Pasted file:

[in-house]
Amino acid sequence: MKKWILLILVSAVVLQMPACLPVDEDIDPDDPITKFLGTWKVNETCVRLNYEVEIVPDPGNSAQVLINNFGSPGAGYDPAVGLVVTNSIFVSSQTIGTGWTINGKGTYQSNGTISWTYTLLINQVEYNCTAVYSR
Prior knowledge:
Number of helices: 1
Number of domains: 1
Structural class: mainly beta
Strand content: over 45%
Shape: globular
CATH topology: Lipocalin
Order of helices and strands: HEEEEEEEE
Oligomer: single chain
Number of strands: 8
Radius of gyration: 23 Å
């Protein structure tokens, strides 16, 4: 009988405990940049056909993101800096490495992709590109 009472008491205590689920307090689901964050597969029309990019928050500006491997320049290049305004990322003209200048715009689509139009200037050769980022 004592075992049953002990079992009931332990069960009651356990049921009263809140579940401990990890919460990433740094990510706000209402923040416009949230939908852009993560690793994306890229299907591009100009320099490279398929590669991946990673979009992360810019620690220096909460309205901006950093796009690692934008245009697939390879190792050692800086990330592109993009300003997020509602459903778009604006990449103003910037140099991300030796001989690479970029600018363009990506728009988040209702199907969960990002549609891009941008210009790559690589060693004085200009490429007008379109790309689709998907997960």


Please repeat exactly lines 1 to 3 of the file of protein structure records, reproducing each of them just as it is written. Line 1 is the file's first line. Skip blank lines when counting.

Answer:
[in-house]
Amino acid sequence: MKKWILLILVSAVVLQMPACLPVDEDIDPDDPITKFLGTWKVNETCVRLNYEVEIVPDPGNSAQVLINNFGSPGAGYDPAVGLVVTNSIFVSSQTIGTGWTINGKGTYQSNGTISWTYTLLINQVEYNCTAVYSR
Prior knowledge: